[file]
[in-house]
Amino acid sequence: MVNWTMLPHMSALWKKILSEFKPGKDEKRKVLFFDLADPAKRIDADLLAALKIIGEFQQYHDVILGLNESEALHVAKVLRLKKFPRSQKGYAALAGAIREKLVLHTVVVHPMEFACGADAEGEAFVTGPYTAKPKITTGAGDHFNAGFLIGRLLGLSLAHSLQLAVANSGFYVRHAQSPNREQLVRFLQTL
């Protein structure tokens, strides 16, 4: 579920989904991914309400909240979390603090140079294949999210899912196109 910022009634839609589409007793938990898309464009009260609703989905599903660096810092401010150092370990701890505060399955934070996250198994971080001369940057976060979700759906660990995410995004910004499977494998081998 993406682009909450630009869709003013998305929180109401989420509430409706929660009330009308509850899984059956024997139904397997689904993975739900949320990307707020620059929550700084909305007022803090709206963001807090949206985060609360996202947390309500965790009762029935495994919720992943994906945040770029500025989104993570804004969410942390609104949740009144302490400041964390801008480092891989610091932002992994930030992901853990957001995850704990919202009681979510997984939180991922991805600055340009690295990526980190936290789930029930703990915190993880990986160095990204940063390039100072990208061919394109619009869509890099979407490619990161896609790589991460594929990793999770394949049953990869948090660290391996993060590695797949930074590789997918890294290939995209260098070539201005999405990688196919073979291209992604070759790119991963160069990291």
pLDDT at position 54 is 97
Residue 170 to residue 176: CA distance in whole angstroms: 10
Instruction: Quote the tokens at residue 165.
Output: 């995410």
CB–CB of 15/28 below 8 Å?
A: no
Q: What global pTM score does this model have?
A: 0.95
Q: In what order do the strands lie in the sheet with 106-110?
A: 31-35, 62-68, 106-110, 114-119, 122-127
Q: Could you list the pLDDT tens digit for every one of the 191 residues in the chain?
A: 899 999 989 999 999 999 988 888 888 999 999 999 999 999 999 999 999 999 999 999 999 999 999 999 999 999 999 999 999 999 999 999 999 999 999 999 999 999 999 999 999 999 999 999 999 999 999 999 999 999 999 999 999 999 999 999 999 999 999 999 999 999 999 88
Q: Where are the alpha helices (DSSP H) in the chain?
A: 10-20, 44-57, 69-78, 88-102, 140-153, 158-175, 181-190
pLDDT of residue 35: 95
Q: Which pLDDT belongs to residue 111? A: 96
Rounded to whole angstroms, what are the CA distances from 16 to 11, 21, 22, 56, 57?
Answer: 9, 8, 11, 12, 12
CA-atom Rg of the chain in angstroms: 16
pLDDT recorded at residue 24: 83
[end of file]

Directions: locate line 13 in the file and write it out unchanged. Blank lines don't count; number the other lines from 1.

A: 31-35, 62-68, 106-110, 114-119, 122-127